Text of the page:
On Sat, 2010-05-15 at 11:50 +0100, Lester Caine wrote:

> This was bounced back to the list because of the php crap of needing to use 
> 'reply all' - I SHOULD have used 'reply' in this case as jagdeep's email was 
> to 
> ME, but I automatically 'reply all' and replace return address with the list 
> email to kill off all the extras!
> Ashley Sheridan wrote:
> > On Sat, 2010-05-15 at 08:18 +0100, Lester Caine wrote:
> >> Jagdeep Singh wrote:
> >> >  How can I define"Machine"?
> >>
> >> That IS the problem. As with a lot of this stuff - nothing was ever 
> >> actually
> >> DESIGNED to work :( So $_SERVER["REMOTE_ADDR"] will block multiple 
> >> machines if
> >> they are sharing the one connection. I've been lucky so far in that
> >> 'REMOTE_ADDR' CAN be resolved to a machine in my own case.
> >>
> >> This like 'tzoffset' is an area where the simplest basic functions 
> >> actually need
> >> to be fixed. If you are working cross timezones have you considered the 
> >> problem
> >> of knowing the right time where daylight saving is important. My users 
> >> have to
> >> set their correct daylight saving zone in their profile. 'tzoffset' is no 
> >> use.
> >>
> >> Both of these are areas that need fixing?
> >>
> >> ( As an aside ... some schools are now using 'virtual' desktops, so several
> >> pupils may WELL be working on the one 'virtual server' but each in their 
> >> own
> >> sessions. This makes it impossible to identify the individual users as 
> >> well )
> > I explained off-list how you could do this. Create a hash of the
> > machines IP and browser with the username of the logged in user:
> >
> > md5($ip . $browser . $username);
> >
> > And store that in the database when they log in. Now each time they
> > perform an action, create a hash from those same bits of information
> > again and check it against the one created when they logged in.
> We have already identified that THIS will not work is this case. It is not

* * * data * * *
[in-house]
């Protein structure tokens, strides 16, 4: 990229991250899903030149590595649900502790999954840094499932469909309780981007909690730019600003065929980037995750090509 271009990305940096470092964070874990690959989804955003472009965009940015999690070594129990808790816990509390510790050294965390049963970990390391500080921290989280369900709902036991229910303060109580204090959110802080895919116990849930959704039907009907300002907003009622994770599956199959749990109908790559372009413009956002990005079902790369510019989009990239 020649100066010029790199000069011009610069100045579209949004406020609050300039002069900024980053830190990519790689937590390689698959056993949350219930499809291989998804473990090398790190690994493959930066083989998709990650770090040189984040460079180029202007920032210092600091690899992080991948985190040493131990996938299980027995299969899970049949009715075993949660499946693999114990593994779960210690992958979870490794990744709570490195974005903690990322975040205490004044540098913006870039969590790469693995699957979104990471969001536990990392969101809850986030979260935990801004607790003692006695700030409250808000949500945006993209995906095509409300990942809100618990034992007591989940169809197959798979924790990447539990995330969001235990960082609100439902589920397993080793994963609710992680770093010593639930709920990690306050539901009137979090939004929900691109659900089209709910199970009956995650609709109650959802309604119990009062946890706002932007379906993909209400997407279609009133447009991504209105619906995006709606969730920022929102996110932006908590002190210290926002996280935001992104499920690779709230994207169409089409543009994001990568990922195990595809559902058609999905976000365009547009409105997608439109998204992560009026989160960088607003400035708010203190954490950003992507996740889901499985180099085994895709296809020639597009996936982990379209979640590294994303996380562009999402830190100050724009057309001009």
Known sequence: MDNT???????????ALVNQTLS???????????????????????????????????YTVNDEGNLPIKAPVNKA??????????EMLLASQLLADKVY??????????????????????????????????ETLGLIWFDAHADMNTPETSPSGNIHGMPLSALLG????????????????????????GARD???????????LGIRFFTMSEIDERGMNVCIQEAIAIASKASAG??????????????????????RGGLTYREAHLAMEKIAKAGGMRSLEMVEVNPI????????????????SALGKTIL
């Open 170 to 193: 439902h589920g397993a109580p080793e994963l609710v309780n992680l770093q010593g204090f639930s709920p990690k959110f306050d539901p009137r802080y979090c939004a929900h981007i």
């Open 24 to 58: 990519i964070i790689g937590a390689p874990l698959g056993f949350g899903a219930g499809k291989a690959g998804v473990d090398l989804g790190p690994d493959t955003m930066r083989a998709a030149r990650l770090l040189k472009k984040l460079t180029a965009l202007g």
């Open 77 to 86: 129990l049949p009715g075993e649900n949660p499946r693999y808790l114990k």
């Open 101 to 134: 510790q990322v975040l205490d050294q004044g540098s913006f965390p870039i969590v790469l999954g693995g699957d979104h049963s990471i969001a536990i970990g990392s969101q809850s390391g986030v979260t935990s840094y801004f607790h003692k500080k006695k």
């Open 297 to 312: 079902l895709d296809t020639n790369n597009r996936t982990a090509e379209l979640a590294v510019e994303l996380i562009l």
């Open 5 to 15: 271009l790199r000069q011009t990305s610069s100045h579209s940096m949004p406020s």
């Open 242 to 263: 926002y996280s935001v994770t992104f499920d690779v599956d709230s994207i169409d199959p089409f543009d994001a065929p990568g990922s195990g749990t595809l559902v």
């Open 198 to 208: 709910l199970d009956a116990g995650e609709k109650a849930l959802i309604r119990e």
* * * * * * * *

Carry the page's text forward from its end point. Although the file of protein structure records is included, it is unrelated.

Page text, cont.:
> unreasonable to want to restrict the number of users on a single machine. So 
> you 
> keep the machine use separate to the user login ... AS STATED the problem is 
> identifying a machine in the first place.
> > You can't access their Mac address. Many people on the list have
> > explained that to you now. I'm not sure why an e-learning module needs
> > such strict requirements, as it's perfectly valid that a user might want
> > to use more than one browser at a time.
> It is also not unreasonable that one may want to restrict access to something 
> in 
> the way specified. If one is RUNNING on-line testing, then having the answers 
> open in another browser is something that it might be nice to block ;) 
> Because 
> the simple matter of uniquely identifying a machine on the internet IS 
> impossible currently then we have to come up with some other way of blocking 
> things, but to be honest. On-line testing is a silly idea anyway since there 
> are 
> many ways of cheating that even these locks would not prevent ;) In my own 
> case, 
> restricting a machine to a single user is essential and I simply need to 
> block 
> other users when the machine is 'in use'. $_SERVER["REMOTE_ADDR"] is internal 
> to 
> the intranet so no problem.
> Personally I think the demands from the 'privacy' camp is simply playing into 
> the hands of the criminals. EVERY machine should report it's ID and this can 
> then be used to kill off the con men. Perhaps when IPv6 is in full use then 
> every computer can be uniquely identified? THEN $_SERVER["REMOTE_ADDR"] will 
> work properly .... we just have to ensure that 'cloaning' of ID's is always 
> flagged in transit.
> -- 
> Lester Caine - G8HFL
> -----------------------------
> Contact - http://lsces.co.uk/wiki/?page=contact
> L.S.Caine Electronic Services - http://lsces.co.uk
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> Model Engineers Digital Workshop - http://medw.co.uk//
> Firebird - http://www.firebirdsql.org/index.php

I see exactly the issue you have now, and there's no way round it. You
can't identify a single machine in the way you want.

Maybe you could restrict access to test answer materials to a user who
is logged in, and then lock them out when a test is in progress for
their username. That way, you don't have to identify a machine at all
(what's to stop someone from opening up a laptop next to their main
computer to circumvent your 'security' anyway?) and the only way they
can access both course materials and the test is with two sets of login


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